THE PLASTIC FUTURE?
We still do not know just how badly we are polluting the world. It is becoming more obvious that the multi-nationals and supermarkets are only interested in profits and not in the effects on our environment and health.
Oil is an essential source of energy, yet the inescapable truth is that it is running out. The only question is when.
Car manufacturers are always striving to design and produce more efficient engines, but can more be done to reduce our dependence on oil? The answer is yes. The unfortunate truth to who is helping the price of oil to rise could be looking back at you in the mirror.
We now live in the throwaway society. Almost everything we buy is in a plastic container such as milk, soft drinks and water. Supermarket carrier bags and black bin bags are all made from plastic.
What are other Countries doing and can we learn from them?
Belgium. Government impose a tax on all free bags in 2007.
Denmark. Government imposed a levy as far back as 1994. Use of plastic bags has fallen by two thirds.
Germany. Supermarkets charge between 4p and 20p for single use bags.
Italy and Spain. Plastic bags have been banned since last year.
India. Plastic bags are banned. Shops risk one months suspension of trading.
Ireland. A tax, now at 16pper bag, was introduced in 2002. Use has dropped by 90%.
Kenya. Thin plastic bags banned in 2007. Heavy tax imposed on imported thicker bags. Uganda, Rwanda and Tanzania have adopted similar policy.
Switzerland. Plastic bags cost 10p.
Taiwan. Plastic bags phased out 2003.
What are we doing? The answer is nothing. Tesco, Britain’s biggest retailer, opposes both charges and a ban for plastic bags. Between 2006 and 2010, WRAP (Waste Resources action Programme) was in charge of monitoring bag numbers and it reported a 48 per cent fall over the four years. However, Environment Secretary Caroline Spelman let the monitoring regime lapse in May. The Government currently has no policy on plastic bag reduction, despite pledges by David Cameron and Nick Clegg when in opposition.
Miss Spelman has kicked the issue into the long grass, with a ‘waste review’ that will not report until next April and decisions on policy likely to come much later. At the same time, the supermarkets and their trade body, the British Retail Consortium, have refused to draw up any new reduction targets. The BRC has admitted it has no idea how many bags are now given out. In May last year, 475 million plastic carrier bags were given by our supermarkets to their customers. Less than 1% are recycled and most of the rest end up in our land fill sites. They have a life span of about 1,000 years!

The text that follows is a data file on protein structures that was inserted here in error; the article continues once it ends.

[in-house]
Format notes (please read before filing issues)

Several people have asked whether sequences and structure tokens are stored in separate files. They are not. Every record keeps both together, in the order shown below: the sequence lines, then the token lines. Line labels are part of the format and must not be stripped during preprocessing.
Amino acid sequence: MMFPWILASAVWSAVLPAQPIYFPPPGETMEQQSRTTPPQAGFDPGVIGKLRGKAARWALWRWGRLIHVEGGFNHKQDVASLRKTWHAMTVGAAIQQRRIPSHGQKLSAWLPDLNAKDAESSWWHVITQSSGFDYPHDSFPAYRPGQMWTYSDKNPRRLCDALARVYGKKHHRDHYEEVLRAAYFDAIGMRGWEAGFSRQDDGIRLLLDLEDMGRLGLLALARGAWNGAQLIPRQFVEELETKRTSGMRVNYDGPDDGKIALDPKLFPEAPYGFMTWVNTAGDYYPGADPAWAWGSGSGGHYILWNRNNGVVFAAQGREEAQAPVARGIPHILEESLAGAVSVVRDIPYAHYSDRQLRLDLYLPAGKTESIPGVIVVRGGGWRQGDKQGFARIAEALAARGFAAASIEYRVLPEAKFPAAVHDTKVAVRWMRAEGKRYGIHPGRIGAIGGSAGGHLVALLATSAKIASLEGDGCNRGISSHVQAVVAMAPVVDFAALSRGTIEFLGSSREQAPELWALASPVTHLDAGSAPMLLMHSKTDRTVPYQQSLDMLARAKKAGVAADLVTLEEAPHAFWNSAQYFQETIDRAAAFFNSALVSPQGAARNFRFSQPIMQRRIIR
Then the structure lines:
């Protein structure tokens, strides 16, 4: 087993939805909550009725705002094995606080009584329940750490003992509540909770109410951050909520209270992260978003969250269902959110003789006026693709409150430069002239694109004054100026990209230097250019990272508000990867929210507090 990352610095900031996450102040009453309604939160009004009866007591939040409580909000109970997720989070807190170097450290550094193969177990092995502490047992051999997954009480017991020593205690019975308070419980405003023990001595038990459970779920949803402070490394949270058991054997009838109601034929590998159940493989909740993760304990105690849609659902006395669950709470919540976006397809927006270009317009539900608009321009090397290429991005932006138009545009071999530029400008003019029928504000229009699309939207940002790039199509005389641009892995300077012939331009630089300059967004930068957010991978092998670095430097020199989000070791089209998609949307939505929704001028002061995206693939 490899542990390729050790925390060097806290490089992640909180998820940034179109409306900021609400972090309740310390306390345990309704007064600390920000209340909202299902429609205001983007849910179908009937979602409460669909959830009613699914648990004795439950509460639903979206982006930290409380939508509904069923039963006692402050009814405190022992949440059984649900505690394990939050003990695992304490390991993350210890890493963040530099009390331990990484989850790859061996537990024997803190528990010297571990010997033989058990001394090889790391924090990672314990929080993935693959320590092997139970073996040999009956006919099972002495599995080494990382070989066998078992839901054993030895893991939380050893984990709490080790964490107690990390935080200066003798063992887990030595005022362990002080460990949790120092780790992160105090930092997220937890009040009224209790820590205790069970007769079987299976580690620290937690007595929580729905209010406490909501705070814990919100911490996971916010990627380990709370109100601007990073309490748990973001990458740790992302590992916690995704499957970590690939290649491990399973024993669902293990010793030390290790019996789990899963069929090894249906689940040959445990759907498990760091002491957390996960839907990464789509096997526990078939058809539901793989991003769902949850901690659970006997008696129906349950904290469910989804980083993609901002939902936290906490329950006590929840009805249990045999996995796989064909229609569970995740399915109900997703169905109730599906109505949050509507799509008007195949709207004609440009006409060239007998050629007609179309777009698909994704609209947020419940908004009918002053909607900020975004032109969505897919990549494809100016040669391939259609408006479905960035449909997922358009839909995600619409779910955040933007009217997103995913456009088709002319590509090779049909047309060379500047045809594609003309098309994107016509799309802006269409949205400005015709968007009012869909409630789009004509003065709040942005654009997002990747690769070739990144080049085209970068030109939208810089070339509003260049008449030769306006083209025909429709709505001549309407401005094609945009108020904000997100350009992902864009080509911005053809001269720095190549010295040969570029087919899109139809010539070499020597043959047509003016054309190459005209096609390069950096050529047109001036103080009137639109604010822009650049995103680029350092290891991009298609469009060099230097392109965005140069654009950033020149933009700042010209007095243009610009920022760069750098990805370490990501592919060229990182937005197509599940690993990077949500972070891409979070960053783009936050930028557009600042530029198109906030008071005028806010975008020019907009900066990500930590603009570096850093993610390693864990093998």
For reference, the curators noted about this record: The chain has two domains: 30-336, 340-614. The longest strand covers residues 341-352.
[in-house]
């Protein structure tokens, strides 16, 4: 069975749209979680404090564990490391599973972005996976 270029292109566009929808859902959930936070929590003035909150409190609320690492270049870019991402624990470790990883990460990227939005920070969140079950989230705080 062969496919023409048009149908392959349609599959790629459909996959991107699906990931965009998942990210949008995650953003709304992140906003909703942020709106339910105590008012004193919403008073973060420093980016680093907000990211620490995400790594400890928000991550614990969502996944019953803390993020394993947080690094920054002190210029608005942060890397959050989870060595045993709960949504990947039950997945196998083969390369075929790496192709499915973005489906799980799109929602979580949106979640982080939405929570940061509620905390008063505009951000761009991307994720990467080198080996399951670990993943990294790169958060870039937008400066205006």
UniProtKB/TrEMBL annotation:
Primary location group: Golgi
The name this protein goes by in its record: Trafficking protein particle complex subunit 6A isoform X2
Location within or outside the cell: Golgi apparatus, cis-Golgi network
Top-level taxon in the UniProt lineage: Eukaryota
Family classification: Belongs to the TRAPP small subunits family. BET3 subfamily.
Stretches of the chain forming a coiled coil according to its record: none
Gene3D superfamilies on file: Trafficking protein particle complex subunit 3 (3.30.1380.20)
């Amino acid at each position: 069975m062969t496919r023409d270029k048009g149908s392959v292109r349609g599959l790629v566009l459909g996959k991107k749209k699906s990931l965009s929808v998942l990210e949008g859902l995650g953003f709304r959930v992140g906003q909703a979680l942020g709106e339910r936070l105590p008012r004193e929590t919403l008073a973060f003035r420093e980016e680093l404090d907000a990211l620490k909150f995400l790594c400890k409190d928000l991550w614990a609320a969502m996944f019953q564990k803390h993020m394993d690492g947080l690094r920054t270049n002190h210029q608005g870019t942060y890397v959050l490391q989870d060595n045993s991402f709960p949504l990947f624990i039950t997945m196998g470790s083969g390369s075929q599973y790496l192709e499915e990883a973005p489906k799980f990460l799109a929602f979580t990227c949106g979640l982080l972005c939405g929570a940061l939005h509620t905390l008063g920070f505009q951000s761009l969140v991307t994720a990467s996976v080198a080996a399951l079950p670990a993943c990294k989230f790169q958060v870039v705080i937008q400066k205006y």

These containers and bags are made from a plastic called Polyethylene Terephthalate, PET for short. It is made from a combination of natural gas and Petrol.
Here are some frightening statistics:-
In 2006, 31.2Bn litres of water were consumed in USA alone. (Pacific Inst. of America) This required over 900 tons of plastic which needed 17.6m barrels of oil to produce.
In 1997, Captain Charles Moore on returning from a boat race in Hawaii chose a short cut back to California along the edge of the North Pacific subtropical Gyre, an area normally avoided by seafarers. This is a high pressure zone where several currents converge. This brings flotsam from the coasts of South East Asia, North America, Canada and Mexico.
He discovered an island of plastic and flotsam twice the size of Texas, or over five times the size of the UK. It is 10m deep, and 90% plastic. UN research has established that Navies and commercial shipping dump 639,000 plastic containers per day in our oceans. This represents 20% of all plastic dumped in our oceans, the other 80% is from land.
Captain Moore has established that America alone produces 105 trillion plastic bottles per year. This would consume 59Bn barrels of oil per year. A barrel of oil contains 42 US gallons, 35 Imperial gallons, (or for those that prefer it, 159 litres). This equates to 2.1 Trillion imperial gallons per year.
If you want to do your bit, find us on http://www.goecofriendly.org.uk
Source by David Hodges